country music

country music, American popular music form originating in the Southern and Western United States. Country music is directly descended from the folk songs, ballads, and popular songs of the English, Scottish, and Irish settlers of the U.S. southeastern seaboard. It also absorbed the influence of African-American music, particularly blues and gospel music. During the mid-19th century, new forms of entertainment including blackface minstrelsy added to the mixture that would become country music. Traditional instruments included banjo, fiddle, and guitar.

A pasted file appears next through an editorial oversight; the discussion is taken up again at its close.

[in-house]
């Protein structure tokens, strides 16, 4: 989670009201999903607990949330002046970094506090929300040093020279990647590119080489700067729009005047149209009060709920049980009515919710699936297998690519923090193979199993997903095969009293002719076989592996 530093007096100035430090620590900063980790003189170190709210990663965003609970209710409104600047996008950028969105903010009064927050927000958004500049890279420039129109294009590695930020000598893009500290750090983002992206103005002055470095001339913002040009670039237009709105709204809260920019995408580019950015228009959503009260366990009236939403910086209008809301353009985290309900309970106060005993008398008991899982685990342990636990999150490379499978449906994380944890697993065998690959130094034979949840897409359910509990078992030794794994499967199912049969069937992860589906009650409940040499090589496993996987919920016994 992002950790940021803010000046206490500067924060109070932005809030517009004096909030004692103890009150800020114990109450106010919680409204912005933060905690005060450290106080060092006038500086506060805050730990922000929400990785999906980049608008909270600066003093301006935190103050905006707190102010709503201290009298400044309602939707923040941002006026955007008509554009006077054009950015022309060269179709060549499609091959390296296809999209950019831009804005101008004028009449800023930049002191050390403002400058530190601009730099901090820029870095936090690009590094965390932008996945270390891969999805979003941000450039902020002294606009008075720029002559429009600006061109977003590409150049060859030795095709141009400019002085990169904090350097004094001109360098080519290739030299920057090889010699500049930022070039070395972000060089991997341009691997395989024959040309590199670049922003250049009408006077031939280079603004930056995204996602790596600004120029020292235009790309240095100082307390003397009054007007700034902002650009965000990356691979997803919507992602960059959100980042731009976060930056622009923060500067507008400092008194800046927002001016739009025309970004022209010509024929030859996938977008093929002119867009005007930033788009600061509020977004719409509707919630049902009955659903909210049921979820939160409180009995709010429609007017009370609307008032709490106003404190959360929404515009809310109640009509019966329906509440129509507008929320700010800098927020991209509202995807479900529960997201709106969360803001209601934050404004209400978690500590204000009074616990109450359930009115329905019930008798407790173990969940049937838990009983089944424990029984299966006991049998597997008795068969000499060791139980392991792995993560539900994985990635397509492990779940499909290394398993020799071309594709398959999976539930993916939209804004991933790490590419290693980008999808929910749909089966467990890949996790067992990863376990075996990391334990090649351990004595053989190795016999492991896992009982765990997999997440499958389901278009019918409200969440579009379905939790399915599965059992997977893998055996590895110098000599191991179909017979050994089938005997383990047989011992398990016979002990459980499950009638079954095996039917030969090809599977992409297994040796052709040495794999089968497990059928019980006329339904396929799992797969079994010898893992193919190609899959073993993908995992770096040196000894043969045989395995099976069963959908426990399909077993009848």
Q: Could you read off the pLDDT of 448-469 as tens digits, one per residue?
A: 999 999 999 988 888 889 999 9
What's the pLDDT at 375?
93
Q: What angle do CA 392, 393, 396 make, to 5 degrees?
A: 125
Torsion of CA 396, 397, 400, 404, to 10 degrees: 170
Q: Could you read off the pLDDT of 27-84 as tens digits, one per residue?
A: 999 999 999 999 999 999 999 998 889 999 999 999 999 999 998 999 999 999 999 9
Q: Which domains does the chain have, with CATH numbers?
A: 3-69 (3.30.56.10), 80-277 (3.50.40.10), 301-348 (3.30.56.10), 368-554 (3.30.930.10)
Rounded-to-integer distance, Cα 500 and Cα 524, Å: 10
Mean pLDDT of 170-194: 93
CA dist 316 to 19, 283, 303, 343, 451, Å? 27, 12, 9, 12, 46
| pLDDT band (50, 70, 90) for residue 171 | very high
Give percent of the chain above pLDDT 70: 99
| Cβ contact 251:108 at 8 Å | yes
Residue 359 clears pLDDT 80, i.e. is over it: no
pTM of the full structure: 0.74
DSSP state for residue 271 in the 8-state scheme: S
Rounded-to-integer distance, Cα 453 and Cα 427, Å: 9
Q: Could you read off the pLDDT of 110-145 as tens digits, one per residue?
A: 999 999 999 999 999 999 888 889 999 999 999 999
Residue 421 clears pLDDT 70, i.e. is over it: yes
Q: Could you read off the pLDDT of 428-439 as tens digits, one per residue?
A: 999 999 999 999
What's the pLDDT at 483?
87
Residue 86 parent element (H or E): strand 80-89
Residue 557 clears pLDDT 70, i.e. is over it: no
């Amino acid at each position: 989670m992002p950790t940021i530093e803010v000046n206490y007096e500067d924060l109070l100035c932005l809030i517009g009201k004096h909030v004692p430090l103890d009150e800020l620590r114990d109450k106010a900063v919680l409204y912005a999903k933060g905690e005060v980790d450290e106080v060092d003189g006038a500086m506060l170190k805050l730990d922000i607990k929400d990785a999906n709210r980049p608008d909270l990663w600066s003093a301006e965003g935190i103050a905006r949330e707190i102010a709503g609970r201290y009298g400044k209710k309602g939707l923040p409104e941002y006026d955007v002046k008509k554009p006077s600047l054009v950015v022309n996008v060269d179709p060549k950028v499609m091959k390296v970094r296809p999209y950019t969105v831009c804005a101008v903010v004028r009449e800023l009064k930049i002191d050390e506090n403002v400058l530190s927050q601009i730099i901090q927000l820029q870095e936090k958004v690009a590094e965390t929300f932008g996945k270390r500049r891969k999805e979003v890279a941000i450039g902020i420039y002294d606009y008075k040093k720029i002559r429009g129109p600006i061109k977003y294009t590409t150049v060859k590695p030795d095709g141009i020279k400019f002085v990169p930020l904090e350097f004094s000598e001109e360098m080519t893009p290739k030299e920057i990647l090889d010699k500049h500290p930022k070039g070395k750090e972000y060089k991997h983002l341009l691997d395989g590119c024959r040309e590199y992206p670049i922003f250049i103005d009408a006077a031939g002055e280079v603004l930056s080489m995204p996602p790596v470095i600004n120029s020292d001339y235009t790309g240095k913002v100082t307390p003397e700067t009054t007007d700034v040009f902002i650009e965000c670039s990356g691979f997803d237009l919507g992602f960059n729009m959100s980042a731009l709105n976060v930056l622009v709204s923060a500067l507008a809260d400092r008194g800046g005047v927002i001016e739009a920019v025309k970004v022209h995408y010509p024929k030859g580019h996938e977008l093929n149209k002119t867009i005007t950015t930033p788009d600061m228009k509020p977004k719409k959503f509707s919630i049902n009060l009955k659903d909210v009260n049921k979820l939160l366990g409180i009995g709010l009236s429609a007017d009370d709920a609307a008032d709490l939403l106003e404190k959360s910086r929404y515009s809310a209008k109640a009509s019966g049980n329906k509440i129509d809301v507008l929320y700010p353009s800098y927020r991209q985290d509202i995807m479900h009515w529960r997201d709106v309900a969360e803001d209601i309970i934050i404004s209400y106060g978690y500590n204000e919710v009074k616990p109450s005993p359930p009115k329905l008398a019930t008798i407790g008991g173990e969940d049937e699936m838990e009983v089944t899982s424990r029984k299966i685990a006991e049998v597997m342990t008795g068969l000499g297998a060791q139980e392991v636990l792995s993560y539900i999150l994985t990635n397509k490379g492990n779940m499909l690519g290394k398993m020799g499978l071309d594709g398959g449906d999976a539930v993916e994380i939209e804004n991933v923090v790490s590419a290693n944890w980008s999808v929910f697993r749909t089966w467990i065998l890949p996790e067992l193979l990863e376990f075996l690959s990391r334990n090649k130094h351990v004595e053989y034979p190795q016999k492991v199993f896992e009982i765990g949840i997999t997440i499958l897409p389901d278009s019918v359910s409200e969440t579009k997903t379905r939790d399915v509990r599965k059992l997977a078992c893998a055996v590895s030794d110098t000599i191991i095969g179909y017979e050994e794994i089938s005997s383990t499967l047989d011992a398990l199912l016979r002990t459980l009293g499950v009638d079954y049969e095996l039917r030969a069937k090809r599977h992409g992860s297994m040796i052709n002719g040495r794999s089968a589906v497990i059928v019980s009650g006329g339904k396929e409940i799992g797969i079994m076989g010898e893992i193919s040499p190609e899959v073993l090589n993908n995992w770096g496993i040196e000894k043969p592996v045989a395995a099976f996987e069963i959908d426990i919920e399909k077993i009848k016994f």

See B. C. Malone, Country Music USA (1968; 50th ann. ed., 2018, with T. Laird); P. Hemphill, The Nashville Sound (1971); C. Brown, Music USA: America's Country and Western Music (1985); K. Sparkman, A People and Their Music (2000); R. Carlin, Country Music (2006), Country Music: A Very Short Introduction (2019); D. Jannings, Sing Me Back Home: Love, Death, and Country Music (2008); P. Kingsbury et al., The Encyclopedia of Country Music (2012); J. R. Neal, Country Music: A Cultural and Stylistic History (2nd ed., 2018); D. Duncan and K. Burns, Country Music: An Illustrated History (2019); T. Russell, Rural Rhythm: The Story of Old-Time Country Music in 78 Records (2021).

The Columbia Electronic Encyclopedia, 6th ed. Copyright © 2024, Columbia University Press. All rights reserved.

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